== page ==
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Treating Postnatal Depression with Interpersonal Psychotherapy

This course - a companion to “The Basics of Interpersonal Therapy” - examines how Interpersonal Therapy can be used to support clients suffering from postnatal depression.

About this course

It has been estimated that at least one in five mothers of full-term infants suffers from Postnatal depression, or PND, with one to four women per thousand giving birth suffering from post-partum psychosis, resulting in an inability to distinguish right from wrong. Filicide, defined as the killing of a child by its parent, is the extreme tragic result of PND disorder. There are many other manifestations as well, often lasting the lifetime of individuals subjected to their mother's depression, but there is hope. Interpersonal Psychotherapy, or IPT, has shown efficacy when utilised to treat women with peri-natal (either antenatal or postnatal) depression, often comorbid with anxiety. How to utilise IPT as a treatment for PND is the subject of this course. Unless you are very well-versed in IPT, we recommend that you do the course, “The Basics of Interpersonal Therapy”, first. Upon successful completion of the course, you will be able to: Define postnatal depression and describe the symptoms of it; Explain why dealing with a new mother's depression is so critical for the well being of the mother, the child,and the whole family; Show why IPT is often the therapy of choice for women with PND; List the risk factors for PND; Cite the results of at least four studies showing the efficacy of IPT with PND; Describe the work that an IPT therapist would best do at the assessment, initial, middle, and final phases of a course of IPT for PND.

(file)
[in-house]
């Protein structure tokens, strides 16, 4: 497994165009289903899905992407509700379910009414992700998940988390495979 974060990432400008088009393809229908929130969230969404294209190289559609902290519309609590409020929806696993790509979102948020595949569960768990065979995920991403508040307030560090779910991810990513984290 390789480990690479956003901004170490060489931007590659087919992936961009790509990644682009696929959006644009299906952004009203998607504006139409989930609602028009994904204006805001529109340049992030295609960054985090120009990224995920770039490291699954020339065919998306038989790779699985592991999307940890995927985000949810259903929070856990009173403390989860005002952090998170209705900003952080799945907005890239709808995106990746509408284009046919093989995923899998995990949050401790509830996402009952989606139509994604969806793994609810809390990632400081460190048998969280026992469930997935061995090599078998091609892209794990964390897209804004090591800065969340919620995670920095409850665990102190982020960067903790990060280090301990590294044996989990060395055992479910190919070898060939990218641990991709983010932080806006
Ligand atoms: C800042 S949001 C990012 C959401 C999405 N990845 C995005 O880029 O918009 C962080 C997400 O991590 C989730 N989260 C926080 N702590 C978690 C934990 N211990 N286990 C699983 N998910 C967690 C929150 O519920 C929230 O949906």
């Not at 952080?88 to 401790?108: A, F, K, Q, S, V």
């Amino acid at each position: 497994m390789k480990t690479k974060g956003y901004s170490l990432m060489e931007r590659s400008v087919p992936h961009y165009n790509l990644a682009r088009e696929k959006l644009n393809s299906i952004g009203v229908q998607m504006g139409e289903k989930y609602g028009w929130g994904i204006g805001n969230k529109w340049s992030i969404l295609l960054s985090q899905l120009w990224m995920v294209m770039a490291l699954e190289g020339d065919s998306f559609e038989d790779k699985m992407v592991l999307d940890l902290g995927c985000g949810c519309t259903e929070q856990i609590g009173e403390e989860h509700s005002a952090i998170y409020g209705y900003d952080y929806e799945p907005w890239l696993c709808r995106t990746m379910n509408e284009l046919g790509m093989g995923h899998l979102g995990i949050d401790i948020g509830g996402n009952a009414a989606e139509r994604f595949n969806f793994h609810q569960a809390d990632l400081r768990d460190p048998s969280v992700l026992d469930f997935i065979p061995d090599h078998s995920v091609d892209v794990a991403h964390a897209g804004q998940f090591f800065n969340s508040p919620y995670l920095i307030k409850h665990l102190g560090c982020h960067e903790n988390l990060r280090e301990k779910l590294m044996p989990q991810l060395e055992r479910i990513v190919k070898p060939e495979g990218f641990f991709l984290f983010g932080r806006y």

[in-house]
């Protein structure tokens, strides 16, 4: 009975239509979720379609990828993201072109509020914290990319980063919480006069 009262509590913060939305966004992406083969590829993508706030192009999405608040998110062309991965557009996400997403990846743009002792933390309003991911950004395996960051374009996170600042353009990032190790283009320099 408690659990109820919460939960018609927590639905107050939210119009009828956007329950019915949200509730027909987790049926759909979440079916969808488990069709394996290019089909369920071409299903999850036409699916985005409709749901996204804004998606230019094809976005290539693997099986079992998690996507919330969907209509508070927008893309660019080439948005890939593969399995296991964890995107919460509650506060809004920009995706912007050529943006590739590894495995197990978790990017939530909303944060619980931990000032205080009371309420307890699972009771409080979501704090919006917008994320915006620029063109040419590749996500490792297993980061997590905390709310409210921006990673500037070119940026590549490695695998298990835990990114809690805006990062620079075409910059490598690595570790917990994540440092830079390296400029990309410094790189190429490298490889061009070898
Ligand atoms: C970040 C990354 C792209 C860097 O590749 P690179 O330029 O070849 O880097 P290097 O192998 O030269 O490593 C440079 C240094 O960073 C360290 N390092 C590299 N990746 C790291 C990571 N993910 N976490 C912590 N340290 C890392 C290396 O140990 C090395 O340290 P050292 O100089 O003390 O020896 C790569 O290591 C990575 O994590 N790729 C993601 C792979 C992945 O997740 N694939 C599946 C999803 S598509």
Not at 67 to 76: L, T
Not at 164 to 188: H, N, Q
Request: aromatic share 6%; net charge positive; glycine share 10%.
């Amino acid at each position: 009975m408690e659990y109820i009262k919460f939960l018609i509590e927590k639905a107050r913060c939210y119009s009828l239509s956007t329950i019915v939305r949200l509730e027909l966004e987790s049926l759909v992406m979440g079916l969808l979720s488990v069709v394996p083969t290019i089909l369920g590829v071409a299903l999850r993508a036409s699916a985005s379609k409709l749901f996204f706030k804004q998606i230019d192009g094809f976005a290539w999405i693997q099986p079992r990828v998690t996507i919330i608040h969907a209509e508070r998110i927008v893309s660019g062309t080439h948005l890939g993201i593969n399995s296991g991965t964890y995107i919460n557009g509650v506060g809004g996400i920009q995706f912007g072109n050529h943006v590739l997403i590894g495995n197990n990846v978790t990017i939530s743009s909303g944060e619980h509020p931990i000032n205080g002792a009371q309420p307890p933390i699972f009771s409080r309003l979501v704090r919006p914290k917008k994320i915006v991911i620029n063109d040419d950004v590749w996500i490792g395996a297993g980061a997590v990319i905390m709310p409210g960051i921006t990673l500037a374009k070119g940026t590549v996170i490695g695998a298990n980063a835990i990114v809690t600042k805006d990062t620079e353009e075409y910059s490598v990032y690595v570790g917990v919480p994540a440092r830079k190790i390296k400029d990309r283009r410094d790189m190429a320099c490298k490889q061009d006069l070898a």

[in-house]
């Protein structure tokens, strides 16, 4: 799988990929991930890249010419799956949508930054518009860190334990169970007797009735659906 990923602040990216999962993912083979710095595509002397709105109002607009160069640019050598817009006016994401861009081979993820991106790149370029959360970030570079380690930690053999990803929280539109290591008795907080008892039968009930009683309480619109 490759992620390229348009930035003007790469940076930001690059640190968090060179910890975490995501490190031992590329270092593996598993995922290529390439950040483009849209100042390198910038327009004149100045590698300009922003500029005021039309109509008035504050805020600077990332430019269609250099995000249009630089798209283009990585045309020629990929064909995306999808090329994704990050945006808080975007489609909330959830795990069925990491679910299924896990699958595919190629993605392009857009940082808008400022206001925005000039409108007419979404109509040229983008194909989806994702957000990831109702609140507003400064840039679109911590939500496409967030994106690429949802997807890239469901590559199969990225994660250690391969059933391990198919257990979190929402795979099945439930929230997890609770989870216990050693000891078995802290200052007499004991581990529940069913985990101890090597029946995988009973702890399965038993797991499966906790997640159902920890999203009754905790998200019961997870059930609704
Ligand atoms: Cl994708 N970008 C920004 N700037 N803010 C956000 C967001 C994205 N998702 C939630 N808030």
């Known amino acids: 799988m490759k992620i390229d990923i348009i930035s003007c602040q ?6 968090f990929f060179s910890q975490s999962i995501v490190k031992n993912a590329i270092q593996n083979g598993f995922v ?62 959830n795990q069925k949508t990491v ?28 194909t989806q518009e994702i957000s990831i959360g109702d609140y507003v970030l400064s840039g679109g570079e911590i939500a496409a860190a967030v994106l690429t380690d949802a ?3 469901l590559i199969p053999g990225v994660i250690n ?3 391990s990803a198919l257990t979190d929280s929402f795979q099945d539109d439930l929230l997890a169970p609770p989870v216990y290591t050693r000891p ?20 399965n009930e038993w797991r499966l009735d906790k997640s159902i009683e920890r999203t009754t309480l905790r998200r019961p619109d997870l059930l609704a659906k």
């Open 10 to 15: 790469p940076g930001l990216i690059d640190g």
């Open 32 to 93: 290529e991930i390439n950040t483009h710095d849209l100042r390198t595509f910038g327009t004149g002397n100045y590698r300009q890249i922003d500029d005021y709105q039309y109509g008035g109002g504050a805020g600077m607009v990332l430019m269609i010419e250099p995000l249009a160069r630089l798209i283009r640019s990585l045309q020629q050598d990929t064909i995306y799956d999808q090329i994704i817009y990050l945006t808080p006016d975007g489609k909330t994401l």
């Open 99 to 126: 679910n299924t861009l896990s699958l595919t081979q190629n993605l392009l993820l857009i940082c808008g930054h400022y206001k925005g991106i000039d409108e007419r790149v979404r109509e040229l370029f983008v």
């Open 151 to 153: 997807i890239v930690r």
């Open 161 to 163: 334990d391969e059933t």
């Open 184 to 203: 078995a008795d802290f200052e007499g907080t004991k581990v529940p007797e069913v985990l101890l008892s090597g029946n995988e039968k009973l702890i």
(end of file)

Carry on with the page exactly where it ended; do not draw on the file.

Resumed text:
Duration 3 hours
Format text
Type specialised
Price Included with Membership
Writer / Presenter

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